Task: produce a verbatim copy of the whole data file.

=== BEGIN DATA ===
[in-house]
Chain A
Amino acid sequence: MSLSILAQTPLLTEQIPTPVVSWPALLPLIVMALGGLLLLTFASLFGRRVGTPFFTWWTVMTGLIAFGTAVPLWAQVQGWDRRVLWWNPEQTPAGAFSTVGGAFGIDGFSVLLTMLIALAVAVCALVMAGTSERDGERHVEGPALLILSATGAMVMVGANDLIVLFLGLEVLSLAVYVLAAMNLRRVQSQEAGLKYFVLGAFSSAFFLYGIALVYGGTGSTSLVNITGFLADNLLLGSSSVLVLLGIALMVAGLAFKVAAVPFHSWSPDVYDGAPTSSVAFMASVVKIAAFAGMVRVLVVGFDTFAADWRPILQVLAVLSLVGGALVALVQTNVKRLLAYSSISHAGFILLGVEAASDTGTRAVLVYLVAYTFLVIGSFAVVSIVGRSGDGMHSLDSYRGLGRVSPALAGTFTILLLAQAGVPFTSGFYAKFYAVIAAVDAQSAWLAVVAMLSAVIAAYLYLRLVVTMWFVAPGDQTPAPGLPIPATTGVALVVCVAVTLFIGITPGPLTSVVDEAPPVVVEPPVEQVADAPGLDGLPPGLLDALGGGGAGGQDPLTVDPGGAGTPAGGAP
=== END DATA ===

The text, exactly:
[in-house]
Chain A
Amino acid sequence: MSLSILAQTPLLTEQIPTPVVSWPALLPLIVMALGGLLLLTFASLFGRRVGTPFFTWWTVMTGLIAFGTAVPLWAQVQGWDRRVLWWNPEQTPAGAFSTVGGAFGIDGFSVLLTMLIALAVAVCALVMAGTSERDGERHVEGPALLILSATGAMVMVGANDLIVLFLGLEVLSLAVYVLAAMNLRRVQSQEAGLKYFVLGAFSSAFFLYGIALVYGGTGSTSLVNITGFLADNLLLGSSSVLVLLGIALMVAGLAFKVAAVPFHSWSPDVYDGAPTSSVAFMASVVKIAAFAGMVRVLVVGFDTFAADWRPILQVLAVLSLVGGALVALVQTNVKRLLAYSSISHAGFILLGVEAASDTGTRAVLVYLVAYTFLVIGSFAVVSIVGRSGDGMHSLDSYRGLGRVSPALAGTFTILLLAQAGVPFTSGFYAKFYAVIAAVDAQSAWLAVVAMLSAVIAAYLYLRLVVTMWFVAPGDQTPAPGLPIPATTGVALVVCVAVTLFIGITPGPLTSVVDEAPPVVVEPPVEQVADAPGLDGLPPGLLDALGGGGAGGQDPLTVDPGGAGTPAGGAP